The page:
Do you live to work or work to live? This question remains unanswered even as workers get so burned out from work that they pack their bags and migrate to other countries where expenses are more affordable. Many of those who get exhausted from working the traditional nine-to-five jobs decided to just up and leave, living instead on the road as a blogger or freelancer. Many have also found peace in leading nomadic lifestyles, disconnecting from the rest of the world, and pushing for environmental sustainability as a means to live.
While these are all commendable and, in a sense, enviable, society cannot progress and the world cannot develop if everyone decides not to become doctors, lawyers, engineers, writers, marketers, and businessmen because the work is too hard. Oh, to live in a world where that is possible is a great idea, but it’s an idea, nonetheless. It is not grounded in reality. The truth is that the world needs farmers, marketers, advertisers, logistic operators, managers, and every little job you think isn’t important but is critical in a world you’ve come to both hate and love.
People and businesses are missing out on the fact that employers play a big role in helping their employees not get burned out from work. Imagine that. A simple office policy can make a huge difference in the lives of your employees. It will benefit the organization, too, because when employees are happier, they are also more productive.
Provide the Means
Be an encouraging employer. That means pushing your employees to pursue their passions and interests. But how can they do that if they do not have the financial means? You do not have to pay them more than what’s in their contract. All you need to do is provide them with some options for leisure. For example, you can provide free gym memberships or discounted yoga classes. Find out what hobbies they currently pursue and see if you can strike a deal on a group promotion.
One other thing you can do is pay for life coaching services online. Many people do not think they need a life coach or even a financial guru. These experts can help you identify your goals, work toward them, and achieve dreams you didn’t even think were possible.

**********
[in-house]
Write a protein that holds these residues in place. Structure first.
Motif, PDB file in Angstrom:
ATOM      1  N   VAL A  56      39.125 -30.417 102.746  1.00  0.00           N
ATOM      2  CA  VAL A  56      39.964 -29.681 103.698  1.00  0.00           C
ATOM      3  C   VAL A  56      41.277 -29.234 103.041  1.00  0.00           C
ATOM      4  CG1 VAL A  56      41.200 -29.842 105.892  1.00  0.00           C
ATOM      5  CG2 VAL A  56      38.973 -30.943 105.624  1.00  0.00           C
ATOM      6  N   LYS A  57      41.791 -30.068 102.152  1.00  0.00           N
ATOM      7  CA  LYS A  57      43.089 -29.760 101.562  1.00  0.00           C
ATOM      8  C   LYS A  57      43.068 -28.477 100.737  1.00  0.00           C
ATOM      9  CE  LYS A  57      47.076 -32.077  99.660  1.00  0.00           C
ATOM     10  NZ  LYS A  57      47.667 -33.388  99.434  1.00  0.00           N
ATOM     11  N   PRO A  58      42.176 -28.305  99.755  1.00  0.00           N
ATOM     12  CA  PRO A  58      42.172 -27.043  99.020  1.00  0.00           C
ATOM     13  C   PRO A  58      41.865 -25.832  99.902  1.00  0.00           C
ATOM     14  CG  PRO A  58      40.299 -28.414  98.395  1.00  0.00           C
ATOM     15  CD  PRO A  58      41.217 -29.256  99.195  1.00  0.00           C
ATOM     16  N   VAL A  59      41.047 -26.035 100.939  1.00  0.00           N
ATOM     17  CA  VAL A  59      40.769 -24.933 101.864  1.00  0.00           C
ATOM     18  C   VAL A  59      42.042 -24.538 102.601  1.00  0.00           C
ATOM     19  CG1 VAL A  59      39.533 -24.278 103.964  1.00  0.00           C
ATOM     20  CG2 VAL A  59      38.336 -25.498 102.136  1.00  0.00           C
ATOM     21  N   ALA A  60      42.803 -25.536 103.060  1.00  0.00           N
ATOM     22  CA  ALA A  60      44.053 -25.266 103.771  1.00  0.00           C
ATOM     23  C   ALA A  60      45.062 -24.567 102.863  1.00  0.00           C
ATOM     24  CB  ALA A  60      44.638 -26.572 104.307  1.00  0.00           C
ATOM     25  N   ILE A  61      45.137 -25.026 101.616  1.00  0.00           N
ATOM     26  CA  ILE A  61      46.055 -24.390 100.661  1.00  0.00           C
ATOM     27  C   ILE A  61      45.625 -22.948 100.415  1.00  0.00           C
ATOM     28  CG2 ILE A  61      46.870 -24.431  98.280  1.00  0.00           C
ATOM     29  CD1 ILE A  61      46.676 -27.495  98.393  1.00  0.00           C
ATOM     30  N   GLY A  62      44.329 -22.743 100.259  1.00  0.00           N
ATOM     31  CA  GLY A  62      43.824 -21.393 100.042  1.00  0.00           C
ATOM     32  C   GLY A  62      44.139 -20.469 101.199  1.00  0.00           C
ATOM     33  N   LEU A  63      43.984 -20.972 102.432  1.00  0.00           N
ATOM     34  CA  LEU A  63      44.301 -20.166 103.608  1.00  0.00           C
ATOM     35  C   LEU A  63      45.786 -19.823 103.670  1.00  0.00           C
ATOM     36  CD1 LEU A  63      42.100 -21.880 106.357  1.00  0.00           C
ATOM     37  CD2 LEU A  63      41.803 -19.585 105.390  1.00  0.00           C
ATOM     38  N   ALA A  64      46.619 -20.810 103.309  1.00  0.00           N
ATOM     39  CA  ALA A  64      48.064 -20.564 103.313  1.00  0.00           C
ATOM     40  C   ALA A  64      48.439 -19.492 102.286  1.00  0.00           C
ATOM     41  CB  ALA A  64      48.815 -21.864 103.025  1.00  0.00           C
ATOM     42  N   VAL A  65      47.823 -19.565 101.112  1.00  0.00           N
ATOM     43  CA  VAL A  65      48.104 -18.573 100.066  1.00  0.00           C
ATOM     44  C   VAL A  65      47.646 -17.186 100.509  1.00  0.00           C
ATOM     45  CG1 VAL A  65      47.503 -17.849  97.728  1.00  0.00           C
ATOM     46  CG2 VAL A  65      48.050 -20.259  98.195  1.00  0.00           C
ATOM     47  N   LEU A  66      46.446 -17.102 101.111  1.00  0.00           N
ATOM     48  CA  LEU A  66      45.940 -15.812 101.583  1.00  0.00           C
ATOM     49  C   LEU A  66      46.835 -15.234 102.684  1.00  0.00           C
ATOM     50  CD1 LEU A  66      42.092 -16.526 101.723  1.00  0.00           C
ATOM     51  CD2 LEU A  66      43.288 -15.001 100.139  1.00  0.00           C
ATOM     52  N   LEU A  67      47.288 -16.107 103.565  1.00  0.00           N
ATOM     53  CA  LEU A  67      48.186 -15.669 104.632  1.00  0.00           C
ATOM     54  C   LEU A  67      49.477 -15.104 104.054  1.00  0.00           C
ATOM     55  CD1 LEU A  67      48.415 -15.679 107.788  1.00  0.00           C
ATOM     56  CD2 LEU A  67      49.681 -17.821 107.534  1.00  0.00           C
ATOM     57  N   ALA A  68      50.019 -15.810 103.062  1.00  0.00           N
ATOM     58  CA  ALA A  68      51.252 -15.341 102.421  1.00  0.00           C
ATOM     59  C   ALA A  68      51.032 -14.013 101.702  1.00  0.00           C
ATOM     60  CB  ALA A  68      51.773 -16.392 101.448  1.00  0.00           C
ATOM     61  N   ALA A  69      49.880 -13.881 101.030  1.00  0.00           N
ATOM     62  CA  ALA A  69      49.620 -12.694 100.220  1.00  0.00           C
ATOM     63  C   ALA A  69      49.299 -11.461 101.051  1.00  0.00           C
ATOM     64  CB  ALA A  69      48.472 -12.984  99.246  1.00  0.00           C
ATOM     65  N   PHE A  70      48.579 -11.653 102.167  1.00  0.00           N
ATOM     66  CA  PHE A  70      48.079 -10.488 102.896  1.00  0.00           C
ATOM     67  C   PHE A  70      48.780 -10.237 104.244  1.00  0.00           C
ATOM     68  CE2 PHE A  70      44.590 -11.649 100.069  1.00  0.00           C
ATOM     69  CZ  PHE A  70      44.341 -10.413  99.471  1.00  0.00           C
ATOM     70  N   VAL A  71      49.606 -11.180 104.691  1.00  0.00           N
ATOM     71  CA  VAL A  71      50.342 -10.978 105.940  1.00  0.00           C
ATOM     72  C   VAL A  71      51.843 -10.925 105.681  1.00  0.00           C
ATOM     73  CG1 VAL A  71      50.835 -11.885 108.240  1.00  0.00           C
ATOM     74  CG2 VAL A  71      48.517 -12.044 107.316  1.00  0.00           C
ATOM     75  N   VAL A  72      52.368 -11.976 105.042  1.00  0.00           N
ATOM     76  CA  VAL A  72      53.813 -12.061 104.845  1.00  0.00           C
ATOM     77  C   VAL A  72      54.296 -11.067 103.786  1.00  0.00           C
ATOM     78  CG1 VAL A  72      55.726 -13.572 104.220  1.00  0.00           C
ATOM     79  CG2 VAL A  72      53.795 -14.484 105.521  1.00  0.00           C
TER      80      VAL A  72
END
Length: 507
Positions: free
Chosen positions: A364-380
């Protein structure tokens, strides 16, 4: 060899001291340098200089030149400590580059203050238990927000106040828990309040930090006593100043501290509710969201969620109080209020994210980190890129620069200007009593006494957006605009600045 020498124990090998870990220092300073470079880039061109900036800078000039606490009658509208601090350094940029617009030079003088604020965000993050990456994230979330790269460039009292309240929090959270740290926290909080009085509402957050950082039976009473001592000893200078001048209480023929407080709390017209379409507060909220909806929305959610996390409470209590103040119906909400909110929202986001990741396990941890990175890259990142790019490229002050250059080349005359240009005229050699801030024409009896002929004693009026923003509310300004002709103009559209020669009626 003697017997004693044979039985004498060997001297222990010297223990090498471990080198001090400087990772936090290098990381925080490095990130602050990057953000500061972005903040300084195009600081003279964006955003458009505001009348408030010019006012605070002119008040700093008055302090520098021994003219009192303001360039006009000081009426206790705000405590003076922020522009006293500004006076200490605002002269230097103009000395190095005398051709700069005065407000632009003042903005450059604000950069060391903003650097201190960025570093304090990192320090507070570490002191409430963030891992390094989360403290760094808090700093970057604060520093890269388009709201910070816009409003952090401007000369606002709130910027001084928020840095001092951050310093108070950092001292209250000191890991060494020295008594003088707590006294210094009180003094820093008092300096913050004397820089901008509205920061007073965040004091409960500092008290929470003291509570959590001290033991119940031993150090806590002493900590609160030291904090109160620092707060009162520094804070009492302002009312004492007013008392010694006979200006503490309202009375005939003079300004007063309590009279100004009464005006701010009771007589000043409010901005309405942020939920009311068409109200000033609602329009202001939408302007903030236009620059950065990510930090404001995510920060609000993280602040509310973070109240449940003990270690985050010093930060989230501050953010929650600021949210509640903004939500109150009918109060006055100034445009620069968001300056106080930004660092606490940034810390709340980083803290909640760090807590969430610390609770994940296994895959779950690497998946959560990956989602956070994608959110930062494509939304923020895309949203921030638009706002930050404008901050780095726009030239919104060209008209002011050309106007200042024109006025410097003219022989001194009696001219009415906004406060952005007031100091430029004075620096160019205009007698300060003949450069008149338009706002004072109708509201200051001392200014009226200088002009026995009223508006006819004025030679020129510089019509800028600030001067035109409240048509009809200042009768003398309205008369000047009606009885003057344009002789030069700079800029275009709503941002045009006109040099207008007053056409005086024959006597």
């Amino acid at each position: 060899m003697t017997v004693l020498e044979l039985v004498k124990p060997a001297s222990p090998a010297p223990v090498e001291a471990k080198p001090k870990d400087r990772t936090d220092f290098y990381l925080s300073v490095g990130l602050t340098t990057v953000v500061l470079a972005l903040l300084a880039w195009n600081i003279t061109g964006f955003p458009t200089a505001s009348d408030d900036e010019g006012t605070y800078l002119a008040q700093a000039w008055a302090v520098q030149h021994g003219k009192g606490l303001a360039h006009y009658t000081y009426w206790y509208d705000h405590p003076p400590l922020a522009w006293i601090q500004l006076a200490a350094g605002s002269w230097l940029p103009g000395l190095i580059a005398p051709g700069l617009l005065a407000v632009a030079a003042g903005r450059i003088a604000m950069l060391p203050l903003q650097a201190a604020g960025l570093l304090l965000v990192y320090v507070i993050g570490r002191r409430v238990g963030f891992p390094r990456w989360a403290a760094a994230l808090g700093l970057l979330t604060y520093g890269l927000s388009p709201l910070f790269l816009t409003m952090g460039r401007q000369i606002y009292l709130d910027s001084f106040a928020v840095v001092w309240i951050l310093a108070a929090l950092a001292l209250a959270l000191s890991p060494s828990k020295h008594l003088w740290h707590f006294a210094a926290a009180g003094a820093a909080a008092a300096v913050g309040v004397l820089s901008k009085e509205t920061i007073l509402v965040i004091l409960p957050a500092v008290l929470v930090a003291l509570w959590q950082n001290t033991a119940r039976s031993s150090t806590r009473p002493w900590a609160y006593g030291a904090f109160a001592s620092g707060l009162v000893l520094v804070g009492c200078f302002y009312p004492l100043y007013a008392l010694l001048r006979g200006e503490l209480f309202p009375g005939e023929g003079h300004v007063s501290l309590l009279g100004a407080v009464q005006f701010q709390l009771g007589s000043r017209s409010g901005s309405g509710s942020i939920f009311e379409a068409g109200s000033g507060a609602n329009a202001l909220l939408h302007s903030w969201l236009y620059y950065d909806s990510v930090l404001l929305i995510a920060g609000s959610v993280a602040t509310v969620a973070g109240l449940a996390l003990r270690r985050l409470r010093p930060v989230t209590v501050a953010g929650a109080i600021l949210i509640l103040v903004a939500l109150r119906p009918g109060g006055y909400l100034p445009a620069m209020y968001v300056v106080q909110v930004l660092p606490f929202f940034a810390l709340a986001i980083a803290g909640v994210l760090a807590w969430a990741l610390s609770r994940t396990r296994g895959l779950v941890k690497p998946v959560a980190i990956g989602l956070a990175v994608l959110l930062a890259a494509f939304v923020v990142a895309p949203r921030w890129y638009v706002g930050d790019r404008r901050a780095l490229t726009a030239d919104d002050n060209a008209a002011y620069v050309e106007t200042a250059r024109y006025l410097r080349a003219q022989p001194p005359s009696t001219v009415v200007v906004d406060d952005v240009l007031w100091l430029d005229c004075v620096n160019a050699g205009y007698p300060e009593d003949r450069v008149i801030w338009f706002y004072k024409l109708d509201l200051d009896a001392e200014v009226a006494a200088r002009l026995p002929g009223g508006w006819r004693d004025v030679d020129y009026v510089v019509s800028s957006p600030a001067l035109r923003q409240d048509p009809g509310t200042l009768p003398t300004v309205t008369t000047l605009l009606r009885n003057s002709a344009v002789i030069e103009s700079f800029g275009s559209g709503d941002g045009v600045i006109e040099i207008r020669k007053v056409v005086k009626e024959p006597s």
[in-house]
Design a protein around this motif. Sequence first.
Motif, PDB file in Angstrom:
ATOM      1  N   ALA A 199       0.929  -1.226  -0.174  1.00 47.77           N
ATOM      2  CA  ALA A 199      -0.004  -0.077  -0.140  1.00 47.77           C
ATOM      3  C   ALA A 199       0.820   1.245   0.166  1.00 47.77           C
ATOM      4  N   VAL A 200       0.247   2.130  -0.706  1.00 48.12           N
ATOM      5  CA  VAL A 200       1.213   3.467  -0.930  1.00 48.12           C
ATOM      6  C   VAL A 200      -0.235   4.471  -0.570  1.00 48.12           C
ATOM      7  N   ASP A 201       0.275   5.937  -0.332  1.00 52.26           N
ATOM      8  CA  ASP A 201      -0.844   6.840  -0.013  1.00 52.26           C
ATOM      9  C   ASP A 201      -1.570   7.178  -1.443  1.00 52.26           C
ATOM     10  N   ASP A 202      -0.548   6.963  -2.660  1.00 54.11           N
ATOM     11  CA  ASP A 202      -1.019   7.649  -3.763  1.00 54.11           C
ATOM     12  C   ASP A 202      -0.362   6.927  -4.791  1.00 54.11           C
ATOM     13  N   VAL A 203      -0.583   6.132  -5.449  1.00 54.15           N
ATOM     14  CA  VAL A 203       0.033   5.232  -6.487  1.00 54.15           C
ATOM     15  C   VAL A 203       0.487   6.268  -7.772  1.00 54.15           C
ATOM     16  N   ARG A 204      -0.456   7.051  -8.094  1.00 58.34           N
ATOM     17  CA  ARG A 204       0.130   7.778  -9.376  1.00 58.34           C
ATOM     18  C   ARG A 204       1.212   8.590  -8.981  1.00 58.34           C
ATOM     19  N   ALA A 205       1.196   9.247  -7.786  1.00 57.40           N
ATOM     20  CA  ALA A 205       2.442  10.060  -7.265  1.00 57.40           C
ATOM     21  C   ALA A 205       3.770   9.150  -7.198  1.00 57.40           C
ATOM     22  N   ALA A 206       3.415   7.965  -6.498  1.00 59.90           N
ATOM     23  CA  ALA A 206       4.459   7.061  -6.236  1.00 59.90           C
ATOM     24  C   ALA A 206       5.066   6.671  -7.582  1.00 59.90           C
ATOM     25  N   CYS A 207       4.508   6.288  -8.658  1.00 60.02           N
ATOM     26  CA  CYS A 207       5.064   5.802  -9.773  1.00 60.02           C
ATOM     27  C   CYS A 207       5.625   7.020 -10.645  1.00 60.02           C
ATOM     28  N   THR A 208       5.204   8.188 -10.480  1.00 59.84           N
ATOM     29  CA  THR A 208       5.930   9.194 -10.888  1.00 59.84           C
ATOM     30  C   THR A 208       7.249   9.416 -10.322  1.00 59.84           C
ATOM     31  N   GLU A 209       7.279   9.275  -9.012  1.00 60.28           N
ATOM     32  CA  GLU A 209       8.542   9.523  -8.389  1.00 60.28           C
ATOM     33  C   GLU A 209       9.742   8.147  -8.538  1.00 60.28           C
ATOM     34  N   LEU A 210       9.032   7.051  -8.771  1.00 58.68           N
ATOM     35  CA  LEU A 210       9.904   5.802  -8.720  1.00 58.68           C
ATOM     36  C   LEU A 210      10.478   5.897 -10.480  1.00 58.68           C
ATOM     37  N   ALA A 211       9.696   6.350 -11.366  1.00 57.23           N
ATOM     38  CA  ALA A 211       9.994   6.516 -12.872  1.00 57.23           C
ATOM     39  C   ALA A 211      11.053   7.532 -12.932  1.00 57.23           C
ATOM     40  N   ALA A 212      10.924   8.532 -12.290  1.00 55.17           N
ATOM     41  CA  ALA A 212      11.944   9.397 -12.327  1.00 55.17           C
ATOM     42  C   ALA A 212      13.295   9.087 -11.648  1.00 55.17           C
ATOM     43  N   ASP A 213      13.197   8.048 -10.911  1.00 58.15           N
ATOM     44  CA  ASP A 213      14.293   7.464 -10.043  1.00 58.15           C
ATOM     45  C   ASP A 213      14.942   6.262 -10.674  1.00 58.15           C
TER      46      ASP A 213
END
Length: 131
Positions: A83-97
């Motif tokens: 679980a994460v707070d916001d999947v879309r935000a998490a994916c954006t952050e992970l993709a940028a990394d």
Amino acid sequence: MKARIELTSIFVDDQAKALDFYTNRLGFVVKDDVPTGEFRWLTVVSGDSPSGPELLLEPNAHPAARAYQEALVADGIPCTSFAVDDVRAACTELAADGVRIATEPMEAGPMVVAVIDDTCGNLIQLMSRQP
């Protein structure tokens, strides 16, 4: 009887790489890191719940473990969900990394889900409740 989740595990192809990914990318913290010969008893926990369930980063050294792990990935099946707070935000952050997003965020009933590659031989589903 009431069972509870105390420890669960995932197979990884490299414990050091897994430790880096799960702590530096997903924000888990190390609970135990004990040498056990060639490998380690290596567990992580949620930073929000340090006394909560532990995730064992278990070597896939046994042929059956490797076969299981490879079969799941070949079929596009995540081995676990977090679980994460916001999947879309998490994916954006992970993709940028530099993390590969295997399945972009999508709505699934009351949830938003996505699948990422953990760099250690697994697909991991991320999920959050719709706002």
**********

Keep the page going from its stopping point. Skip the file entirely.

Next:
Allow Flexible Work Schedule
Focus on your employees’ productivity rather than on the time they spend in the office. Being in the office for the whole eight hours is nothing compared to just five hours of office work when they accomplish more. If they have done what they need to do for the day, let them pursue other things—hobbies, interests, skills, degrees, etc. Let your employees know that you are much more focused on them reaching their full potentials than on “maximizing” their time spent inside the office.
Letting them leave at 3 PM instead of 5 PM will make a huge difference in their lives. They can attend to personal errands or spend time with their kids. Create an option for them to come in early in the morning and leave earlier than 5 or 7 PM. If possible, let them work from their homes or have a four-day workweek instead of the usual five.
How strict are you with break times? Allow your employees to take a break when they are in the office. Do they want to take a two-hour-long lunch break? As long as they don’t do it every day, you should be fine with that. An occasional break in the middle of working is needed when people are so stressed about their relationships, finances, and health. Let them recharge and recuperate.
One way to encourage this is to provide a space specifically for a break. A lounge or entertainment area is a nice way for your employees to get away from work, even for a few minutes. An outdoor area where there are lounge chairs and tables for meals is another amenity you can provide. There, they can talk and mingle with their colleagues, take coffee breaks, or simply relax and freshen up their minds.
Many employers genuinely like to be involved in creating a work-life balance in their employees’ lives. They just don’t know how. You must be a good role model to your employees. That means leading by example—never sending them a message after working hours except for emergencies, encouraging them to leave on time, and inviting them over for dinners and lunches without needing to talk about work.